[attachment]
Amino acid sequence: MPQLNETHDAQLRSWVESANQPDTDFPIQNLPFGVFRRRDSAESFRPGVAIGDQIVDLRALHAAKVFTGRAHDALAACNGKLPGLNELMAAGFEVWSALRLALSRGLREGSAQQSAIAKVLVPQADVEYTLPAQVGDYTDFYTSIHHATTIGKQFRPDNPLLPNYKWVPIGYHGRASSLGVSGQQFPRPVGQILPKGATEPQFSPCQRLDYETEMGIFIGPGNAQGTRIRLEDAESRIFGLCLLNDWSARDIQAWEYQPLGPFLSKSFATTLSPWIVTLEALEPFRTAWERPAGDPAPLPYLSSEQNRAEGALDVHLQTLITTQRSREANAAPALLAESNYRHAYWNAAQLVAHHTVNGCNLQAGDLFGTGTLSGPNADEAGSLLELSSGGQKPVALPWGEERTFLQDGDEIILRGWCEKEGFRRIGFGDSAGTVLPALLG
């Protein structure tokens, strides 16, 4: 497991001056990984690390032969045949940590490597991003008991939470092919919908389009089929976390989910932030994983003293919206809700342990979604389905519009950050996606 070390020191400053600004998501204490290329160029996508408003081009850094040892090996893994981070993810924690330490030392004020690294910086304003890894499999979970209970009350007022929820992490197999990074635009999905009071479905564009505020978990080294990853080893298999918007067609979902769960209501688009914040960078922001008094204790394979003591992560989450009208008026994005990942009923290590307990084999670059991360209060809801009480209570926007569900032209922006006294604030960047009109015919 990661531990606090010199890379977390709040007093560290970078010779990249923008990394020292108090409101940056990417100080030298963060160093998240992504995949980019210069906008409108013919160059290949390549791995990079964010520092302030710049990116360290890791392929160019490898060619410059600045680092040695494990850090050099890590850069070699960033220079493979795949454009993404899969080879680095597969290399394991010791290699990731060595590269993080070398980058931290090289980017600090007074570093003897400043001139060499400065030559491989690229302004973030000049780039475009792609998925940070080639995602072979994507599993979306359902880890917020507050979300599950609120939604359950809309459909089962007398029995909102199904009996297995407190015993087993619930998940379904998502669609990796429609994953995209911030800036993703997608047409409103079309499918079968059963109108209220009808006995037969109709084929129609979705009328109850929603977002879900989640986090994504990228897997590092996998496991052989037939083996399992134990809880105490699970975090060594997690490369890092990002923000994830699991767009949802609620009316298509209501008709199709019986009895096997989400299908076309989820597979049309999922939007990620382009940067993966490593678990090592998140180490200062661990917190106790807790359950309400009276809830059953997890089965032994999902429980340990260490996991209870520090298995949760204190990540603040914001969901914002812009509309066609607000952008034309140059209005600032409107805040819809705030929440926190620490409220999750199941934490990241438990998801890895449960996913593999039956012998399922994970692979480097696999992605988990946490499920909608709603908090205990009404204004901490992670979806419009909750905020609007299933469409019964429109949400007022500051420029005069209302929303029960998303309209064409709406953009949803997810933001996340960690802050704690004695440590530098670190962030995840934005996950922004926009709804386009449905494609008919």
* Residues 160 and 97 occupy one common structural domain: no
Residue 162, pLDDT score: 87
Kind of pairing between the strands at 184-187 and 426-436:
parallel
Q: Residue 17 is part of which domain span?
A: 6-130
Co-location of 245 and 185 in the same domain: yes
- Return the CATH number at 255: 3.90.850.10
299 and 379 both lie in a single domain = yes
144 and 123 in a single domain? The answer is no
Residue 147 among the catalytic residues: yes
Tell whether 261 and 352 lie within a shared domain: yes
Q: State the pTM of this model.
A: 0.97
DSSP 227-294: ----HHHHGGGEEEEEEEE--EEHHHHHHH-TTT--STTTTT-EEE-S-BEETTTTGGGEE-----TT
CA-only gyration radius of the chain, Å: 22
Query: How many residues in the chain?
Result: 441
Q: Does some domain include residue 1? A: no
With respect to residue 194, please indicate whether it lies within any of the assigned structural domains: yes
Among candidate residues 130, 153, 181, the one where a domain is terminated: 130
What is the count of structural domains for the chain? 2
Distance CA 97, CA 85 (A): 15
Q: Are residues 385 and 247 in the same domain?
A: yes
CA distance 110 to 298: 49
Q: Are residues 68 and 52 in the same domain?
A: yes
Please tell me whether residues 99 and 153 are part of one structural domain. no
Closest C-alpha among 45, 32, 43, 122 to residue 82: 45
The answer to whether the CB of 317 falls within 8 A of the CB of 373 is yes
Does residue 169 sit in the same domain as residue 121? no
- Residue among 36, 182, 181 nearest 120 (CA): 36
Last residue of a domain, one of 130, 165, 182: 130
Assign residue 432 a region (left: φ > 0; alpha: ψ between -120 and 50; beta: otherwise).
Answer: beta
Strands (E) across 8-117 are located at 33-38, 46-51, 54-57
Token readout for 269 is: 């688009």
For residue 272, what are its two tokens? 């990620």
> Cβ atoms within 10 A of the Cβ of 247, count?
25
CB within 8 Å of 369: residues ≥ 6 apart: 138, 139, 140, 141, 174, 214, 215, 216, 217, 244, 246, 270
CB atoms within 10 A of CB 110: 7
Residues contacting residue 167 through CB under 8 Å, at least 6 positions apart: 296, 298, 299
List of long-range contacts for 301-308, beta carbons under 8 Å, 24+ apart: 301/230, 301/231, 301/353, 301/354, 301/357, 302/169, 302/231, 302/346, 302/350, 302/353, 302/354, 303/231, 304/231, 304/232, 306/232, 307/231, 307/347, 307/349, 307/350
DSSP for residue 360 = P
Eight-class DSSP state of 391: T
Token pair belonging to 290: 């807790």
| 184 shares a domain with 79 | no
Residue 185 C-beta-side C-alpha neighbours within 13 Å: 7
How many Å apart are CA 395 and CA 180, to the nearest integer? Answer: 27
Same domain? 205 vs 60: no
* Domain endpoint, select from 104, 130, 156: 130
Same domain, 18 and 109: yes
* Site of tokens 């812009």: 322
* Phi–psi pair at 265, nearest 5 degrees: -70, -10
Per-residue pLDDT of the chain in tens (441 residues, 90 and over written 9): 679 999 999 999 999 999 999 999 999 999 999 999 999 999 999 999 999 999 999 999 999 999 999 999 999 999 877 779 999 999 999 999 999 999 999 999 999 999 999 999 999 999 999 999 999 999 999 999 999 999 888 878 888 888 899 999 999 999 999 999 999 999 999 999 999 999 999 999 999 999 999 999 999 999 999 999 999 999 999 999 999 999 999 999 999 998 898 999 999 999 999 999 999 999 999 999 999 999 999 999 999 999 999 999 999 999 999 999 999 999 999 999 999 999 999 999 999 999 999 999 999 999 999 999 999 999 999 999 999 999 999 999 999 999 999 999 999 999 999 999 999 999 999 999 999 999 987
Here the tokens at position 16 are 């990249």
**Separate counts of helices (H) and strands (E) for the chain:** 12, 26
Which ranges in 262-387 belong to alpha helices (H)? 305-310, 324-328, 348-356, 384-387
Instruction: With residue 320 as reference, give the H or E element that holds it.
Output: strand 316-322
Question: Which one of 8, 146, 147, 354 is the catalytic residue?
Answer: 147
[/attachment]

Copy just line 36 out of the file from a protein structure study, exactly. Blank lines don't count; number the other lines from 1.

Last residue of a domain, one of 130, 165, 182: 130